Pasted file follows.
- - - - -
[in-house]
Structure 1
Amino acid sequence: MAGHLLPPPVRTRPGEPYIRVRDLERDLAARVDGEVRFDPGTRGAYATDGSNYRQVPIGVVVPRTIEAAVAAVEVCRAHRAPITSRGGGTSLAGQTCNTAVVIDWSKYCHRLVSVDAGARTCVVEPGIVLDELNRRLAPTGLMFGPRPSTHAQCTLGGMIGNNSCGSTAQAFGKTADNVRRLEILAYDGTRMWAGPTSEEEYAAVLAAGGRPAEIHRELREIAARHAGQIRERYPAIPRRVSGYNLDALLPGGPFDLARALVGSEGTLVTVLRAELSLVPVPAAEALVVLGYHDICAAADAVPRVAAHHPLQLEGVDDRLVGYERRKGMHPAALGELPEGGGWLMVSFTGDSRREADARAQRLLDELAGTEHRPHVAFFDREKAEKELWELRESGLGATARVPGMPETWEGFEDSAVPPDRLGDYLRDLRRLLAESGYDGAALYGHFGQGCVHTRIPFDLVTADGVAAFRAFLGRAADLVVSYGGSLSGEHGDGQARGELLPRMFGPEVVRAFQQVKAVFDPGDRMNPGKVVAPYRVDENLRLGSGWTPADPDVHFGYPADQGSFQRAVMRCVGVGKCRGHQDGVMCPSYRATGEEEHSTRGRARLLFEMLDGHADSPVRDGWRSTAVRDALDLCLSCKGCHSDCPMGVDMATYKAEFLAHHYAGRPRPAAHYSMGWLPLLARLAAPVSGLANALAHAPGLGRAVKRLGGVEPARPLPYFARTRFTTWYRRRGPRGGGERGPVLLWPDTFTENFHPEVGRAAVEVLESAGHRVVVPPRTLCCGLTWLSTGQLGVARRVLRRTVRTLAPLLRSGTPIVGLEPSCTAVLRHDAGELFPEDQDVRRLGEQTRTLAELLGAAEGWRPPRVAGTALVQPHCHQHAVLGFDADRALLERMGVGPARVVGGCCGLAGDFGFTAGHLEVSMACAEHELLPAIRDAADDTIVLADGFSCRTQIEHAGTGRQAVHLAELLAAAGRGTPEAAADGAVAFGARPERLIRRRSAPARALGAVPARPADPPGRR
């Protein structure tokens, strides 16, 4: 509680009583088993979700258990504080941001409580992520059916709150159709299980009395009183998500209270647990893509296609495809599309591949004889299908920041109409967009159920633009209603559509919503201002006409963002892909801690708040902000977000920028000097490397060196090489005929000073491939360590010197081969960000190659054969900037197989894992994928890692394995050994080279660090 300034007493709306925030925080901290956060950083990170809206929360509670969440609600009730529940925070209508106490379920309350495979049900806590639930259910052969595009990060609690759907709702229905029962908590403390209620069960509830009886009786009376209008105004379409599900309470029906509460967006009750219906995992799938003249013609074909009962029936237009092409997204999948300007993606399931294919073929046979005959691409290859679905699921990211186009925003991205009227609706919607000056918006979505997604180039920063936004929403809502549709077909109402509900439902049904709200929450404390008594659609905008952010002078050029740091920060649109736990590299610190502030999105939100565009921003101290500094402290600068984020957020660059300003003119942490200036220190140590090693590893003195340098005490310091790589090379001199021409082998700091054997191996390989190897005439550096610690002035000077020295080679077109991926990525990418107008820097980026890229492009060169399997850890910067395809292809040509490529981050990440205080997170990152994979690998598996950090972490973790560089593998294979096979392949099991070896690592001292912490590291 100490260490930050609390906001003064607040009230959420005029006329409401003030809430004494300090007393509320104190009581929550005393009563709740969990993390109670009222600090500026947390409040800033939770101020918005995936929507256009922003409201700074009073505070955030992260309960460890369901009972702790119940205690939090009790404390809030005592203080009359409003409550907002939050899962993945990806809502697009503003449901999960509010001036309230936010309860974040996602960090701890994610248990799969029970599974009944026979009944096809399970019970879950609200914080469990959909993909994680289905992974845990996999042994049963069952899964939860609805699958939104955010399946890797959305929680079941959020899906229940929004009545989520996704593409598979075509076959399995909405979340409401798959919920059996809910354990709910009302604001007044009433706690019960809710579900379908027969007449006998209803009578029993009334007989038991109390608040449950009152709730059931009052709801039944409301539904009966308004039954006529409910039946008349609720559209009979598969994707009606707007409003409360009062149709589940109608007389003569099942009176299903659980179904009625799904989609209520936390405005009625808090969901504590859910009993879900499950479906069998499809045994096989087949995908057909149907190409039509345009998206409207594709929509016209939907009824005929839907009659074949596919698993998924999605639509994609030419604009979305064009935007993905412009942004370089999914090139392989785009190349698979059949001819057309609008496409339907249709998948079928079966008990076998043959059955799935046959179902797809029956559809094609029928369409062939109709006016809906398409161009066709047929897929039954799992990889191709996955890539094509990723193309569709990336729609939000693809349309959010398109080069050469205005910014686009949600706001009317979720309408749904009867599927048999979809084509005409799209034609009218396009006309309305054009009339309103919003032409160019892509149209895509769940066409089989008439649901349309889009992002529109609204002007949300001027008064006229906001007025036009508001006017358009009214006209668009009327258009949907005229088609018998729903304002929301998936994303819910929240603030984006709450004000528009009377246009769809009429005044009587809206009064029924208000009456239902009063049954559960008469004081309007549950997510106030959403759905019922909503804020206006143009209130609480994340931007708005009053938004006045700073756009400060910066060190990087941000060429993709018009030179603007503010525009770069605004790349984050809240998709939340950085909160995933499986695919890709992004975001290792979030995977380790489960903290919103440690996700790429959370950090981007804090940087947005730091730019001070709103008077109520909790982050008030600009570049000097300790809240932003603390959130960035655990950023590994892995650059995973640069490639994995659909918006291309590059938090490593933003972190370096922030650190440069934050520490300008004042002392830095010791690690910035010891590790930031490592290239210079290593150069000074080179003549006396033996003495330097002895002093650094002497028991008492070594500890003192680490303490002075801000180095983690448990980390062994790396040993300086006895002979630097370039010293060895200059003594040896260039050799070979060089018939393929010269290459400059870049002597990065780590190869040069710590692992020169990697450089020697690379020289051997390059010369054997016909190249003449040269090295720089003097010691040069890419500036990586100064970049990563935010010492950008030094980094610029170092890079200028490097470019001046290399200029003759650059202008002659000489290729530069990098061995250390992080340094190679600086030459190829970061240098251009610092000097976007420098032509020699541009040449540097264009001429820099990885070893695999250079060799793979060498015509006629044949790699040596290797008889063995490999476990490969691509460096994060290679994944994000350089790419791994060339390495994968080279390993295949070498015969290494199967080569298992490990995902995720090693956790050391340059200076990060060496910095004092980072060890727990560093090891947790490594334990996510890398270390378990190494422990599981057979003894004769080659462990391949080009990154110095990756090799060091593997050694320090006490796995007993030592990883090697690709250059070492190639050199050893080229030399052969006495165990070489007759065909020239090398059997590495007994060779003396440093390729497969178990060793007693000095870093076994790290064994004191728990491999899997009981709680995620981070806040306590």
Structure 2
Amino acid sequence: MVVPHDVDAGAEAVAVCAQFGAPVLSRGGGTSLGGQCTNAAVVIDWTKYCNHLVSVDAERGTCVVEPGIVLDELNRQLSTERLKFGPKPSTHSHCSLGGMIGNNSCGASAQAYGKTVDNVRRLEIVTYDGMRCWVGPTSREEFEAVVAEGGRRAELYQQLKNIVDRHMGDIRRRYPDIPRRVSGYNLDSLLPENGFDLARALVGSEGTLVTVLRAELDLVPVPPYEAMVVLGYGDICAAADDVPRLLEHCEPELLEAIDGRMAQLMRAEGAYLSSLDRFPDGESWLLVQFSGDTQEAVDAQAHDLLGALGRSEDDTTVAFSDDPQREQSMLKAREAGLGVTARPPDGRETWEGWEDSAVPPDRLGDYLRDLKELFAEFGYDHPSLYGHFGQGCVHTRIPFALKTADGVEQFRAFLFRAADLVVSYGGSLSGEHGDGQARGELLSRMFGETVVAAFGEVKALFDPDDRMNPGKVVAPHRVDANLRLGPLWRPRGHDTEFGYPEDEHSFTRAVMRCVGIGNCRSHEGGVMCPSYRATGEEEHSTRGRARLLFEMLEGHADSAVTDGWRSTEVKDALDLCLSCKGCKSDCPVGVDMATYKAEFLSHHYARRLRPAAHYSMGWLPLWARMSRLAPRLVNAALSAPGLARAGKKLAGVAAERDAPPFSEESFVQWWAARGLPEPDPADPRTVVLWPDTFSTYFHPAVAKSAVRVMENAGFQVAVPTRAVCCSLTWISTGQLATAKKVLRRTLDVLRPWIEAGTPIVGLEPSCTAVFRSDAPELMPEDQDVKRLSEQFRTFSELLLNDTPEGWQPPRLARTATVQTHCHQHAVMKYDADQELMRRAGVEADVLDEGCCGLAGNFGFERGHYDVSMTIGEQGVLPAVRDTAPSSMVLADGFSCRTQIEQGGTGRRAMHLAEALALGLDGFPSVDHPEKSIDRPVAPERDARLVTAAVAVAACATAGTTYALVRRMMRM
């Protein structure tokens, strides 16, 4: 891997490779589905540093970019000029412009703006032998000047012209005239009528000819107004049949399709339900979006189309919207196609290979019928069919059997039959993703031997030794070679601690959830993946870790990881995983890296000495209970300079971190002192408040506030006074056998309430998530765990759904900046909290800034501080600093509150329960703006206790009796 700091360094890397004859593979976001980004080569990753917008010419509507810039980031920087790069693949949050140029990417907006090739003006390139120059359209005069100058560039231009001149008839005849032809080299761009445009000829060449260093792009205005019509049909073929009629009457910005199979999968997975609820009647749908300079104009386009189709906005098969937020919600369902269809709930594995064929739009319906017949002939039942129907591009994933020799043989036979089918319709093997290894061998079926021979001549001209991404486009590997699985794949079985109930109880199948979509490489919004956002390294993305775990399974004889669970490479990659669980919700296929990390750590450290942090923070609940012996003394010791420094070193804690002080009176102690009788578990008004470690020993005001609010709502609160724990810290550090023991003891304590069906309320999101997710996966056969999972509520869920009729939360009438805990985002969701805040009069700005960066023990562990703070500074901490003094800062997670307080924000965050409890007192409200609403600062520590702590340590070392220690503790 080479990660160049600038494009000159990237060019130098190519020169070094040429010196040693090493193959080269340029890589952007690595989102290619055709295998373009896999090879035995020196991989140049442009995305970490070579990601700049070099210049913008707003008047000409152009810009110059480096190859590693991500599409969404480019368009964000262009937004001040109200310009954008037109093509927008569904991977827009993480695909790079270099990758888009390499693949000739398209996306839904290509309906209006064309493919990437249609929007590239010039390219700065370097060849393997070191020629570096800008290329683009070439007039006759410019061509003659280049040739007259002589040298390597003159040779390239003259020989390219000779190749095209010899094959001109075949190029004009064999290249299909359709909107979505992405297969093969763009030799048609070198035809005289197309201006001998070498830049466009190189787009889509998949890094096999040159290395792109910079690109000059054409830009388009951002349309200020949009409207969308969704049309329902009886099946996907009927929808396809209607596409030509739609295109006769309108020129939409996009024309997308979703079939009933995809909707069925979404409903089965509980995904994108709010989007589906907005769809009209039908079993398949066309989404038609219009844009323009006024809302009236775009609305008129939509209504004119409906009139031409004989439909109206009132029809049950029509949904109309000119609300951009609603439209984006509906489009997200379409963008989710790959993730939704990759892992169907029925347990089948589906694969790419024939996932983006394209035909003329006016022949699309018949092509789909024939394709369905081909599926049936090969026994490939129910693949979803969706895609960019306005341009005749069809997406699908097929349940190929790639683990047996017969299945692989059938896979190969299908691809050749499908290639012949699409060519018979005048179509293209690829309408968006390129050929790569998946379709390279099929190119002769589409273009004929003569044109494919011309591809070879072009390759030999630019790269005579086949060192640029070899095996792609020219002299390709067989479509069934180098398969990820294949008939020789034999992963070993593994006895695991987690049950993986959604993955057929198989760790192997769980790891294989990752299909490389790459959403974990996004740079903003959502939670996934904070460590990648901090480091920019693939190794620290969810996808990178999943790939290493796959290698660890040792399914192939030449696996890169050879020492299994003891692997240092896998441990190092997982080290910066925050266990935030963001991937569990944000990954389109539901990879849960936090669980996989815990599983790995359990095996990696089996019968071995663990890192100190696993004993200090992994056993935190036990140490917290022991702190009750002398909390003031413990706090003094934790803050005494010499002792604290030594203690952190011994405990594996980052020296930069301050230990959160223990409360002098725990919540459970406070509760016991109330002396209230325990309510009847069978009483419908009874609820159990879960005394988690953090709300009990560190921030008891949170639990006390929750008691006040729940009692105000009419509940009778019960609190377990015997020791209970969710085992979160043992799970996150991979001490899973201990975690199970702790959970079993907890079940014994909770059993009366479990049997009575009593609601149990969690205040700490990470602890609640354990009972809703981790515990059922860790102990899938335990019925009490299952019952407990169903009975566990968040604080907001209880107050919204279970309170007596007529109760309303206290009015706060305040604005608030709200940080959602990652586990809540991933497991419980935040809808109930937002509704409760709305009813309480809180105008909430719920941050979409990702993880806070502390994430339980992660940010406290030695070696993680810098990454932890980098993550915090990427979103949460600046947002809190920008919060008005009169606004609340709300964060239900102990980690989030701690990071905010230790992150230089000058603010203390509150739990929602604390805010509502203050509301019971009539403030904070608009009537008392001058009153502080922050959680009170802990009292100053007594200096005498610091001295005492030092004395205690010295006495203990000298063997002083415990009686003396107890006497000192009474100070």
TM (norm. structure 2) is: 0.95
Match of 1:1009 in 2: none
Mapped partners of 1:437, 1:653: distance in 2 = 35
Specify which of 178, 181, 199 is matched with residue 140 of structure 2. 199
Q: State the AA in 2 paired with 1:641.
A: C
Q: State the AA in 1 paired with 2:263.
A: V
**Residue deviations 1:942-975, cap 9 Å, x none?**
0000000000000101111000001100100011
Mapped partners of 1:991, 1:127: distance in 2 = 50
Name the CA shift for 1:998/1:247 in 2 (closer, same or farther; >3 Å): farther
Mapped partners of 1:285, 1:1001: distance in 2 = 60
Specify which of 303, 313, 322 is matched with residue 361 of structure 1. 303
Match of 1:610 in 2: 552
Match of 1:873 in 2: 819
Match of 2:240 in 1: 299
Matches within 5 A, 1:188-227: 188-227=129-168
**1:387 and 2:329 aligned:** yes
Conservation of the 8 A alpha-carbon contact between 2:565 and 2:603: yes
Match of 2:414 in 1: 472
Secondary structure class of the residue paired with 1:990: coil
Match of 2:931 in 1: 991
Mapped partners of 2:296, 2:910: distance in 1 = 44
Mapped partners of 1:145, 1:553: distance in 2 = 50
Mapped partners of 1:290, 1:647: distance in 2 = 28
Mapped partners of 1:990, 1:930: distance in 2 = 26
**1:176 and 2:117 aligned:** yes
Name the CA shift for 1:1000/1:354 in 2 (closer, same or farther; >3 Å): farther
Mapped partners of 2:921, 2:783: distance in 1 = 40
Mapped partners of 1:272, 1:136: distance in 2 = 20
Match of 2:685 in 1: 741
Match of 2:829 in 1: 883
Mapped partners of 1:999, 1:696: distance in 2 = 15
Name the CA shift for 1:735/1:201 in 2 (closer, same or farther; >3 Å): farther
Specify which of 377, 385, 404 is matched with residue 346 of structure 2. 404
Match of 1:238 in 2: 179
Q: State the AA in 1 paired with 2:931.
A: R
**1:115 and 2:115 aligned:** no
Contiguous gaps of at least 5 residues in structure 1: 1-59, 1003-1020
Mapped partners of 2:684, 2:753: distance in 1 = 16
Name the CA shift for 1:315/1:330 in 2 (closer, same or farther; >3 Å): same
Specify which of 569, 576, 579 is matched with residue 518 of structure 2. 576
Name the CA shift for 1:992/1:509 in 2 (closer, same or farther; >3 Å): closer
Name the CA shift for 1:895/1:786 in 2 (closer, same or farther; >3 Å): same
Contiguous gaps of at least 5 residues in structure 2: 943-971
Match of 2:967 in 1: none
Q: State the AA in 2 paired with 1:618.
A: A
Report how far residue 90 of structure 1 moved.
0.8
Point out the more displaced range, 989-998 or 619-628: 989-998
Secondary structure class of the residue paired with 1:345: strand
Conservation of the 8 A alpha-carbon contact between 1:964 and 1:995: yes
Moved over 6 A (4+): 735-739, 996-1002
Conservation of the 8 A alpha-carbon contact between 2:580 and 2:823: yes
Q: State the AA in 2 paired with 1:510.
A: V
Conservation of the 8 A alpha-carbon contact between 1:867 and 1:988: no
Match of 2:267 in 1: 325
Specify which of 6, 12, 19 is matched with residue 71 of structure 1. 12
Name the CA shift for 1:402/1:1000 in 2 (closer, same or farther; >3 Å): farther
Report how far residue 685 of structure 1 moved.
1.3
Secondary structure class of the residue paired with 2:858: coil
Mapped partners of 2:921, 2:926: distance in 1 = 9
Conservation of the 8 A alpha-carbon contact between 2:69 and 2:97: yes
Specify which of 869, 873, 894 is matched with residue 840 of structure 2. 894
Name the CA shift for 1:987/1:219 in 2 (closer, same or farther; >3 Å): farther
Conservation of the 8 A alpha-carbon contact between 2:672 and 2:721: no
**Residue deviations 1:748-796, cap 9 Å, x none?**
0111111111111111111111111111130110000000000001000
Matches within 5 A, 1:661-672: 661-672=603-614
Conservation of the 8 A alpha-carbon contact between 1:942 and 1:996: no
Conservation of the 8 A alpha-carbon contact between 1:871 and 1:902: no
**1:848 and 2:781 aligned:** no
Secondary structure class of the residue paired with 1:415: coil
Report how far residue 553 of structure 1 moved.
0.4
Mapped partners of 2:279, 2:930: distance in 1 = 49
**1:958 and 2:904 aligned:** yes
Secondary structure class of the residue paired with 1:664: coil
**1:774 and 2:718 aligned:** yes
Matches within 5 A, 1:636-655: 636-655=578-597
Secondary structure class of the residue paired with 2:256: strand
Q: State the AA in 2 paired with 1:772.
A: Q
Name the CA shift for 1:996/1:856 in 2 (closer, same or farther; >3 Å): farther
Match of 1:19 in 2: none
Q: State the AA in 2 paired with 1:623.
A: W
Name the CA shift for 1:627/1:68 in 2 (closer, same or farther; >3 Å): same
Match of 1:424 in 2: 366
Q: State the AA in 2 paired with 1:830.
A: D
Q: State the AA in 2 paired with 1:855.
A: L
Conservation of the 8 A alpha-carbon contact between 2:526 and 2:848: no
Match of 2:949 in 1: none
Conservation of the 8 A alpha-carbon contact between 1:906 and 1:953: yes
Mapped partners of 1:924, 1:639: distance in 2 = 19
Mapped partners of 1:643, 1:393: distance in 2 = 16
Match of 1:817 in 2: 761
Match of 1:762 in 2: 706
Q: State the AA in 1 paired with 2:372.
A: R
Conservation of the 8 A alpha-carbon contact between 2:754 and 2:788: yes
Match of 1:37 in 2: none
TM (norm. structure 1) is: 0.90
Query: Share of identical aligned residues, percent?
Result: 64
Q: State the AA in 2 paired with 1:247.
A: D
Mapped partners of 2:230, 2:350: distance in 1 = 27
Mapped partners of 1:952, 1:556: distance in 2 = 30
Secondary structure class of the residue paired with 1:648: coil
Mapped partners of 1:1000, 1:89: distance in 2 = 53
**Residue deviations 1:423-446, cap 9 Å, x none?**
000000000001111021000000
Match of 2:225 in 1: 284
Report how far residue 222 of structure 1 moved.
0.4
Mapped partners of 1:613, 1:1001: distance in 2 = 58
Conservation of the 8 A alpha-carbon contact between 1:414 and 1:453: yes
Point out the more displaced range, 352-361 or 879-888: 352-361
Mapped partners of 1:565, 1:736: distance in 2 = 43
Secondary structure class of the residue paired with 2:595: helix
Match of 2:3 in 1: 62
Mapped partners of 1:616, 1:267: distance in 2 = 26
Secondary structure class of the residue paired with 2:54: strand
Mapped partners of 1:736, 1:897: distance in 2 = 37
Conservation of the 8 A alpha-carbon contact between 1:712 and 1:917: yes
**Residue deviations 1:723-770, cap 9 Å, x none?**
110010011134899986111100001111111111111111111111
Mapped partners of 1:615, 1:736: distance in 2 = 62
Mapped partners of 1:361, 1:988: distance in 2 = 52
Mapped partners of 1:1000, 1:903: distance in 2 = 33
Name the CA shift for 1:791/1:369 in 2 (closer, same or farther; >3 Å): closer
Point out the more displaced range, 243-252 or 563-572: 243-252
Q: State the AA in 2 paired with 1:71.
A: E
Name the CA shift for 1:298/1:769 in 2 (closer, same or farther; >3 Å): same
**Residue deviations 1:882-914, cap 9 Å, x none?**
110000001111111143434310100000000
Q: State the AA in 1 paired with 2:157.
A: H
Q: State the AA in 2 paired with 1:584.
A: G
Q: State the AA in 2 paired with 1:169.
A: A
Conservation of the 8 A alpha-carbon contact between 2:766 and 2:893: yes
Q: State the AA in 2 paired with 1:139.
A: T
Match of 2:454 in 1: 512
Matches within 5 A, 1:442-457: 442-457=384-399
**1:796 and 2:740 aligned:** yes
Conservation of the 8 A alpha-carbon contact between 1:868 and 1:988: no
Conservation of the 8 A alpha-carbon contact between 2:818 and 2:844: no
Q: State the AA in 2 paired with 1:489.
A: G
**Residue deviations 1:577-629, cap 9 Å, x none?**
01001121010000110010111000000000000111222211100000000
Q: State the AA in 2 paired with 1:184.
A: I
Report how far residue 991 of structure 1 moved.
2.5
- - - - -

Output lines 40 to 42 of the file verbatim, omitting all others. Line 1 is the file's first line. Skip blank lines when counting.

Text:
Match of 2:829 in 1: 883
Mapped partners of 1:999, 1:696: distance in 2 = 15
Name the CA shift for 1:735/1:201 in 2 (closer, same or farther; >3 Å): farther